Landowners in the Mohican Valley, Loudonville, Brinkhaven, and Greer areas may be affected by a potential new trail system that is currently being evaluated. This trail is slated to follow Wally Road and would affect parts of Ashland, Knox, and Holmes counties. A new trail is concerning for local landowners. Many of us are asking what rights we have when faced with a public trail system going through our property. If we have a property with a river running through, such as the Mohican River, what are our rights concerning the waterways and access to our land? The idea of increased traffic flow down a river that cuts through the private property can be alarming, as well. What follows are several situations where the public's enjoyment of land could affect and intersect with private property. Right-of-Ways for County Roads: One way that a trail could impact landowner's property is through already-existing roads. Trail systems can widen or alter the route of local roads. Ohio Revised Code Section 5553.03 requires county roads to be at least 30 feet wide, although they can be as narrow as twenty feet if certain conditions are met. The right-of-way of a township road includes both the road surface itself and as much of the land adjacent to the road as is necessary for the safe and efficient use of the road for actual travel and for incidental uses, which could include being broadened to add a bike trail or sidewalks. Roads can also be vacated and turned...

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Social Media and the Law

We are in a social media-driven day and age. On average, internet users spend about 2 hours and 22 minutes per day on social networking platforms. Saima Salim, How much time do you spend on social media? Research says 142 minutes per day. With such a significant amount of time spent on these sites, it is wise to be aware of some of the legal issues you could face. There are many aspects where social media and the law collide. Privacy First of all, consider the privacy of the information you post online (or the lack thereof). How often do you put something online and consider whether you would want a judge or prosecutor to view the evidence? Courts are seeing social media used in cases more and more often, especially in divorce cases. If you post something online, it is very possible that it can be used against you in court. Social media sites are built to collect data from you. That is one of their primary goals. They are fueled by companies who advertise to your specific needs and wants. They use a multitude of tricks to get you to give them information, and anyone – including the government – can be collecting this data from you. As the ABA eloquently put it, "In Europe, Canada, and other countries across the world, protection of each citizen's private information is considered to be a human right, secured by statute and enforced by the government and private causes of action. In...

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Finding the Right Fit When Searching for a Lawyer

Lawyers have solutions that can be close to “one size fits all” for simple matters, those solutions are only for the most basic of situations.Every nuance and detail of your situation, no matter how small you might think it is, can cause the recommended solution for your problem to change.This, among other reasons, is why it is so hard to compare attorneys based on price point. Some attorneys will attempt to shoehorn you into a solution that may not be the best for your situation, but it is “low cost.”We have witnessed this when so-called “Trust Mills” come through town.They charge a set price, and they have never met anyone who doesn’t need a Trust.The thing is, we have met plenty of people that didn’t need a Trust.The Trust was overkill for their situation, not set up correctly, and in the end a waste of their money. Legal services should be like a good pair of shoes.They should fit well and last a long time, or at least until your situation changes and you need a different pair.One size fits all solutions in legal services are like one size fits all clothing—they are made in bulk, out of the cheapest material, all to benefit the manufacturer.Yes, it is cheap, but it wasn’t made with you in mind.Having a custom-tailored solution takes time and getting to know you as a person.Sure, at the end of the day, it may be more expensive, but it fits you and won’t wear out too quickly. So if...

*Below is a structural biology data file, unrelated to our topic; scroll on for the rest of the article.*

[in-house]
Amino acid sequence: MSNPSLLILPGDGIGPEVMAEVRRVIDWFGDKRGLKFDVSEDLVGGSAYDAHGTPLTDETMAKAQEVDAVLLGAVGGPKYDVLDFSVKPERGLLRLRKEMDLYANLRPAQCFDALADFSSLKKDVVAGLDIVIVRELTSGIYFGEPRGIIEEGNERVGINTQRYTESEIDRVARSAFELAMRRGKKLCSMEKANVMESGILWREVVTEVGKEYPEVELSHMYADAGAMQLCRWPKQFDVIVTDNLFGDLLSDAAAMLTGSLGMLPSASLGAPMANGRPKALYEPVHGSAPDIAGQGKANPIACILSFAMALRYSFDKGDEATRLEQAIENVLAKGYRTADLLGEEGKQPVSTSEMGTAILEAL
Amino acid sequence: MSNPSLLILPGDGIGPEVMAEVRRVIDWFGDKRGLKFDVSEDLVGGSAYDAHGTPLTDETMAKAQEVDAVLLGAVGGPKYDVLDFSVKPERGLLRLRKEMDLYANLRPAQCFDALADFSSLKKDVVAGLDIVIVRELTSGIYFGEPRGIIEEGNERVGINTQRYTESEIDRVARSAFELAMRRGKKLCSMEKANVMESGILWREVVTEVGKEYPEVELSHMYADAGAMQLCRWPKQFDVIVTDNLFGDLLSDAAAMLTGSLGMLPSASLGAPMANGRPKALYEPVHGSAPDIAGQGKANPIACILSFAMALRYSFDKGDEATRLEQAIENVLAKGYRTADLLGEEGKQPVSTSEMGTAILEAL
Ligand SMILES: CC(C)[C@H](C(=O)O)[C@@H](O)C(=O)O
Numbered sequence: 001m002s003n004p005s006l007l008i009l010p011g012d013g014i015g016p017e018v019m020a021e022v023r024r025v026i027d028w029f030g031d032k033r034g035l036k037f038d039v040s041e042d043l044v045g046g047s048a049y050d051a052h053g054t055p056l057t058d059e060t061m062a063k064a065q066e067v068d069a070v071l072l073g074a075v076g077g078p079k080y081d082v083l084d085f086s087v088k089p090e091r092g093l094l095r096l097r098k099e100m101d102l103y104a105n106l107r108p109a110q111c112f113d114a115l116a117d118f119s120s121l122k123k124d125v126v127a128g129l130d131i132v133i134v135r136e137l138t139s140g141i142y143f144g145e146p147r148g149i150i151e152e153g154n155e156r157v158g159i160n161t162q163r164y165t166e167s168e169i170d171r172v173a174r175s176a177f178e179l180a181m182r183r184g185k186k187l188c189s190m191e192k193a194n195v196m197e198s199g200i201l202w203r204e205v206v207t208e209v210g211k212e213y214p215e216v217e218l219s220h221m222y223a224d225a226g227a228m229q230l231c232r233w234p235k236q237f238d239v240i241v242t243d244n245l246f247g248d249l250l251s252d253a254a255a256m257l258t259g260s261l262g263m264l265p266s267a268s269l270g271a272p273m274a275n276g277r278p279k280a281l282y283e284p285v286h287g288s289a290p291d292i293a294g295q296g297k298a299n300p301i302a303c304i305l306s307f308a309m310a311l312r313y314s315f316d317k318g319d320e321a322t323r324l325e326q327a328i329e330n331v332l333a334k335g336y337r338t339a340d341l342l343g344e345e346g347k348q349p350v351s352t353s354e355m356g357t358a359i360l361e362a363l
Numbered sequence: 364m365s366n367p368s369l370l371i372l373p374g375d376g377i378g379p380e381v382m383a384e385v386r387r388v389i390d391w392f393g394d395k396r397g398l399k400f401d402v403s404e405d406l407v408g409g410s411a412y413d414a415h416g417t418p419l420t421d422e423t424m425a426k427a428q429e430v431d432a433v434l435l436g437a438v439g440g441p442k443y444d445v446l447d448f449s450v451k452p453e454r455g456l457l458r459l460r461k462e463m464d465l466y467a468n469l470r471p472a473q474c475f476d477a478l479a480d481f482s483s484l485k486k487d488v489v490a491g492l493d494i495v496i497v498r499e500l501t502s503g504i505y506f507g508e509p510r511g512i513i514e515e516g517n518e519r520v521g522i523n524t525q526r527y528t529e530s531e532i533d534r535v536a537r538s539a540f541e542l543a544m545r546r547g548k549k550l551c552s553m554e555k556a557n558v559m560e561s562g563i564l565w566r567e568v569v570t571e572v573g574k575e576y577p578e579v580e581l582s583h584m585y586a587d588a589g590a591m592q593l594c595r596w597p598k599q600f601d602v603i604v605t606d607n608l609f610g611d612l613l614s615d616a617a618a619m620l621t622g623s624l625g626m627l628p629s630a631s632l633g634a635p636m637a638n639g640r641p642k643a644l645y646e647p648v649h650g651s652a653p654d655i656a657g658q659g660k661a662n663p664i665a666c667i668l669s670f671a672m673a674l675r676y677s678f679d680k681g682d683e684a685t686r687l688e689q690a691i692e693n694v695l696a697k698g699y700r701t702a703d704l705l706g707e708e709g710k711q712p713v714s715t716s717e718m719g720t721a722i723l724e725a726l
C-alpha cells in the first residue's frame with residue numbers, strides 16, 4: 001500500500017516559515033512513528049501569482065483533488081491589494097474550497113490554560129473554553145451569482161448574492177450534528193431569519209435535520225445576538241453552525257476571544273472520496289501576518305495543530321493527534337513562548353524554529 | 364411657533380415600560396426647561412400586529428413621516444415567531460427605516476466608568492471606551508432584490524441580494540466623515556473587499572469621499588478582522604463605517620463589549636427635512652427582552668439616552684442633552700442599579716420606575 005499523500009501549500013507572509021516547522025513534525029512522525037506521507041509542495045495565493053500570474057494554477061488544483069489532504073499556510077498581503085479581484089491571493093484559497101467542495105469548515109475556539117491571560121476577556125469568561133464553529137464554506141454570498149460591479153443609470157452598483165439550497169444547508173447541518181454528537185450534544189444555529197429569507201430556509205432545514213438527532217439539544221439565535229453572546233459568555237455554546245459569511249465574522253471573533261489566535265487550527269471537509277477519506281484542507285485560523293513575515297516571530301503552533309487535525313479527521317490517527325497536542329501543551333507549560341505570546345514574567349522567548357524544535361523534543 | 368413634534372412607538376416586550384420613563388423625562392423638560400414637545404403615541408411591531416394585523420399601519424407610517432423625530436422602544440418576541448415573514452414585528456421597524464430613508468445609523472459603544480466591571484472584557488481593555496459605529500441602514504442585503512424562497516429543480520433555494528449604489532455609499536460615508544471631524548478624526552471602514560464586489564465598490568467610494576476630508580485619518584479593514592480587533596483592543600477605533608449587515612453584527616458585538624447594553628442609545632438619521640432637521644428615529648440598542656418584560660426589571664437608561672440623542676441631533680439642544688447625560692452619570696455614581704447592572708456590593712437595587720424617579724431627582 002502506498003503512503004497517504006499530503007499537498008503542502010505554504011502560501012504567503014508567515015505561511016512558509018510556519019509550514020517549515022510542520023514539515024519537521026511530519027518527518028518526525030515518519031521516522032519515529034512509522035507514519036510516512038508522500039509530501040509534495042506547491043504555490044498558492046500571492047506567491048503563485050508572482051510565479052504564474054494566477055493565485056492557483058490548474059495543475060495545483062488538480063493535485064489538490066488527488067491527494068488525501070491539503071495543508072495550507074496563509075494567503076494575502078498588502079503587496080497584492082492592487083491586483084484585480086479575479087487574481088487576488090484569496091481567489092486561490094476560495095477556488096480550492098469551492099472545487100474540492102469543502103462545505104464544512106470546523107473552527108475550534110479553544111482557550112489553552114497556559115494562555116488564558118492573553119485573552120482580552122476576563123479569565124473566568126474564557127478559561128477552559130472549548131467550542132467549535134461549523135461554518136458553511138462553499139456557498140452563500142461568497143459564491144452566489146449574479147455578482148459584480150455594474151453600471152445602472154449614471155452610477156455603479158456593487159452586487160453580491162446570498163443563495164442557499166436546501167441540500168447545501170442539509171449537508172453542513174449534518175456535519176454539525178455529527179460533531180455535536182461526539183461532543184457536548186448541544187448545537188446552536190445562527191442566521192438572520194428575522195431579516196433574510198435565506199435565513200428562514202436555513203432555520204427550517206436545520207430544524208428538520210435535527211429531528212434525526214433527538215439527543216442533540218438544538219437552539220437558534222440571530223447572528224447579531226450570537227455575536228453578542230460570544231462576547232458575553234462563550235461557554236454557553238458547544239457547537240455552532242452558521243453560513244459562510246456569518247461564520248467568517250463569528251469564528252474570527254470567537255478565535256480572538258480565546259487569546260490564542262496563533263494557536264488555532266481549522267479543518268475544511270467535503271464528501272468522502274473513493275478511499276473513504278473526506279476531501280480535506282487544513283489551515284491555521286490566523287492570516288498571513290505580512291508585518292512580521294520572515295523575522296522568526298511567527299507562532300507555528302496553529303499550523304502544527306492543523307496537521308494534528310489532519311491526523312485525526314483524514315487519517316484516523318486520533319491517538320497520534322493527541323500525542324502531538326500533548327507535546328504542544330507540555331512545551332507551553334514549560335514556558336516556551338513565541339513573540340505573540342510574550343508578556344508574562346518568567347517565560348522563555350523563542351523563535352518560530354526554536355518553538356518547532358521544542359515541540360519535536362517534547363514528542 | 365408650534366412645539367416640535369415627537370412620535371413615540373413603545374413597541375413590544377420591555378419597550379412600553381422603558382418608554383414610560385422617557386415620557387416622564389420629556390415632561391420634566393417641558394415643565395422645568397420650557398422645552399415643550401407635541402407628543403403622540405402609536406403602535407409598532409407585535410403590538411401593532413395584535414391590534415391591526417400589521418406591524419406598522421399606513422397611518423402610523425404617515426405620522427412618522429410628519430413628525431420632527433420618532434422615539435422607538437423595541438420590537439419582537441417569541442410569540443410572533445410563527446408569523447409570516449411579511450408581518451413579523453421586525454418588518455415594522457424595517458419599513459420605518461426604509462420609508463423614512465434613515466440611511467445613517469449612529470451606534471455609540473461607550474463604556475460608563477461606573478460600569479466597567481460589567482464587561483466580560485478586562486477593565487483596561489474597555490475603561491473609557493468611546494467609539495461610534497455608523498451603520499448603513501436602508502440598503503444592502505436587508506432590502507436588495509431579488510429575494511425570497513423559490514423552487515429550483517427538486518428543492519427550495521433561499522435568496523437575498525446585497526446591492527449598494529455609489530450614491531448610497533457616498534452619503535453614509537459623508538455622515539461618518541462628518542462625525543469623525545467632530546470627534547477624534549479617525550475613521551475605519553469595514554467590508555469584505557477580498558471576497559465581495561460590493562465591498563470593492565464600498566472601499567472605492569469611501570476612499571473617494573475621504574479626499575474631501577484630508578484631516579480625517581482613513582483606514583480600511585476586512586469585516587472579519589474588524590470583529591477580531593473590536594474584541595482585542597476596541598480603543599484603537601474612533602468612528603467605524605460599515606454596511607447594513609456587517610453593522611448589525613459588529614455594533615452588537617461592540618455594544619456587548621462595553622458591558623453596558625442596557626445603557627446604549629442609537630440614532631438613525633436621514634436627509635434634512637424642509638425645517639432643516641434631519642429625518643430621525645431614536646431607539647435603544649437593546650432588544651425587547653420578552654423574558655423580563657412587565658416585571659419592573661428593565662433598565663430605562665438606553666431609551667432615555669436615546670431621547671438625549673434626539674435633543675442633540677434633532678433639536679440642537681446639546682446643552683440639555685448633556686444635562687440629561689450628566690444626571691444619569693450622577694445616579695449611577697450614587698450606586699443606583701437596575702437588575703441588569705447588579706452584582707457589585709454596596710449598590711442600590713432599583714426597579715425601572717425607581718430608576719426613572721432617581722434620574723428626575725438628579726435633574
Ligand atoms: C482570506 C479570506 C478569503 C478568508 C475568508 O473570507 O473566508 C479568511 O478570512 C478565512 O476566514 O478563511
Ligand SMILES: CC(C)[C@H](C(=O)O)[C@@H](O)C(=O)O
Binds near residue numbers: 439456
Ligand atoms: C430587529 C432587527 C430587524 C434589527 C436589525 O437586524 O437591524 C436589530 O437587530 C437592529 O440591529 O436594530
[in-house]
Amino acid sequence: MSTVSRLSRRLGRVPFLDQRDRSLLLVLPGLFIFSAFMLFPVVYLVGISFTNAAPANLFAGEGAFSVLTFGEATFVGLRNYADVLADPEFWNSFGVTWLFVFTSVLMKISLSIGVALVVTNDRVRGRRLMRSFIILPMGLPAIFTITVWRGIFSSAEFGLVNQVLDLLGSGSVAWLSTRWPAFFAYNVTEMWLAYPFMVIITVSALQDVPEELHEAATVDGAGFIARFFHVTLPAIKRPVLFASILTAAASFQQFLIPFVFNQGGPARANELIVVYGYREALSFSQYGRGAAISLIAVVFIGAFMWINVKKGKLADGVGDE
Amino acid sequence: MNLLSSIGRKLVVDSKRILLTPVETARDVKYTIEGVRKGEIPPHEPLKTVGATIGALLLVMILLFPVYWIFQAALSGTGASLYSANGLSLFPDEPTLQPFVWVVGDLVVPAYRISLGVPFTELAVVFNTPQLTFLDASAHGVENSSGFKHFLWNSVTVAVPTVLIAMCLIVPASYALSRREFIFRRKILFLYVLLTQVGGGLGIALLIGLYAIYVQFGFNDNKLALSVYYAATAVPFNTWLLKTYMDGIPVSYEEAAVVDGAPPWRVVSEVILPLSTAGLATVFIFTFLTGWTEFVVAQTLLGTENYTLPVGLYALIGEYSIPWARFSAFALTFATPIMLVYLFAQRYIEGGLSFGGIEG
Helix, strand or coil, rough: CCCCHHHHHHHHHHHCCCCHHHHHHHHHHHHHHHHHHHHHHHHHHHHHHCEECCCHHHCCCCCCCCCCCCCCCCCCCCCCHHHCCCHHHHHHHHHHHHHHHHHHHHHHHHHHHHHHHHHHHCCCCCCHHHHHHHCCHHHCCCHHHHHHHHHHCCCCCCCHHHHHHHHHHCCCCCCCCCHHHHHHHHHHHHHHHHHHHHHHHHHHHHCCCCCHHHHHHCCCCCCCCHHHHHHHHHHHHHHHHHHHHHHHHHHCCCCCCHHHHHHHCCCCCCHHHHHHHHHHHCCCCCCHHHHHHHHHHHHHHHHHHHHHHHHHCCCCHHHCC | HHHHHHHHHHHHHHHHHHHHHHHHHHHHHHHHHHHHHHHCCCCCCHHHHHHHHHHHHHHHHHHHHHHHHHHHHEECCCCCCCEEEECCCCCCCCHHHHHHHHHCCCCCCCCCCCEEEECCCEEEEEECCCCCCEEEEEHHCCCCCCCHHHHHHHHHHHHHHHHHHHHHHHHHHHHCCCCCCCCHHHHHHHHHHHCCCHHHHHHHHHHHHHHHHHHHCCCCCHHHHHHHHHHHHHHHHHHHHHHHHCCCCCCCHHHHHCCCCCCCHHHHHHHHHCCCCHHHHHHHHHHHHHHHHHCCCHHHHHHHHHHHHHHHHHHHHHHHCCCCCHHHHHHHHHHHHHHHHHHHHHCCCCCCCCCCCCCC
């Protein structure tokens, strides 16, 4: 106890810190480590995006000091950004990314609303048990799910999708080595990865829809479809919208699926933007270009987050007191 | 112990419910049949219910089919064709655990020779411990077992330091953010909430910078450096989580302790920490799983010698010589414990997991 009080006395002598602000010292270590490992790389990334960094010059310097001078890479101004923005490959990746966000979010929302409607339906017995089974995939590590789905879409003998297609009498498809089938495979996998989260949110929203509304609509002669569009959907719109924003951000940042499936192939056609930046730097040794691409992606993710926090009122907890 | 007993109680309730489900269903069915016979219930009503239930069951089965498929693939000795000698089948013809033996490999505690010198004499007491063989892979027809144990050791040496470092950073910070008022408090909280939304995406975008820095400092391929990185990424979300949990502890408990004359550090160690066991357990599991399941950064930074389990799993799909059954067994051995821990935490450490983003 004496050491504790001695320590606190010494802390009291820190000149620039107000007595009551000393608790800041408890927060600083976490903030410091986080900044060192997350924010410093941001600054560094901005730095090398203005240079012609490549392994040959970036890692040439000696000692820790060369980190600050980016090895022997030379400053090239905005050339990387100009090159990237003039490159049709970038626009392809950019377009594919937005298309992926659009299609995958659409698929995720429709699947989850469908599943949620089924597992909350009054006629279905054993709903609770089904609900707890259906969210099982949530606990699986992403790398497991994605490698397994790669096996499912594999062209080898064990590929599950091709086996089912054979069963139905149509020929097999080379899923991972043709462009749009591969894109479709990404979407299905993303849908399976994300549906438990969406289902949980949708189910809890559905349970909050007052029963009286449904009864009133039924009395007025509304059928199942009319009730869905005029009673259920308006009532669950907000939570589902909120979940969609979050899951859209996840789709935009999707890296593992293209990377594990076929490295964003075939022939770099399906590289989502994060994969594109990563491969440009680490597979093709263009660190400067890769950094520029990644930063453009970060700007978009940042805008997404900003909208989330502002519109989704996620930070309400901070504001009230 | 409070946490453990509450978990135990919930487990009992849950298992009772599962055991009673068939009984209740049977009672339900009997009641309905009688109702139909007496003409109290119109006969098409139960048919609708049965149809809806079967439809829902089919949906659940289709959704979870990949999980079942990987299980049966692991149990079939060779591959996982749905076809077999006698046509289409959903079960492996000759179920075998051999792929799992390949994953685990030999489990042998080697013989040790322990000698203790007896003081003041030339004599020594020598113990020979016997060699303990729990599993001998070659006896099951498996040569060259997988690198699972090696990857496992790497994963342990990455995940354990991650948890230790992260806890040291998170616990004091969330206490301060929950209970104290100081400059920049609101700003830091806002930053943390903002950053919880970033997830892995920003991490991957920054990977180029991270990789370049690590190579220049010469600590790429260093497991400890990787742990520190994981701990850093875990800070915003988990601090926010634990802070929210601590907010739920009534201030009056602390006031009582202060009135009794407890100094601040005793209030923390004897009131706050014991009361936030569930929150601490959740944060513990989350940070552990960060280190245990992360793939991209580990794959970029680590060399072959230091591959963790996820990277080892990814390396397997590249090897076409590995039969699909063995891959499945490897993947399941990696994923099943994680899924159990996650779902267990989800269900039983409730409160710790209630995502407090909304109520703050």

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5 Questions to Ask When Looking for an Attorney

Finding an attorney adds stress to an already stressful situation. So, when you realize you need an attorney how can you be sure that you find the right one? 1. Does the attorney have a reputation for being able to handle your kind of matter? The single greatest factor in most people’s search for an attorney is personal recommendations. Ask your friends, family, neighbors, pastor, or other service providers who they recommend. Then ask them why they recommend that attorney. Is it because they got the job done quickly? Did the attorney keep them informed? What exactly was it that made them recommend that attorney to you. After looking for personal recommendations, search out the attorney on the internet and on social media. What are other people saying about the attorney? Do they advertise the kind of work you need? Have they written articles on the work you need? Using a combination of personal recommendations and online reviews can help lead you to an attorney that may fit your needs. 2. Does the attorney listen to your situation before recommending a solution? Once you are found an attorney you need to meet with them. This is usually in person, but it can also be done over the phone or via video chat. When you are meeting with the attorney the first time, who is doing most of the talking? That first meeting should start with you doing most of the talking and the attorney asking questions. Every situation is unique, and if the attorney doesn’t take time to...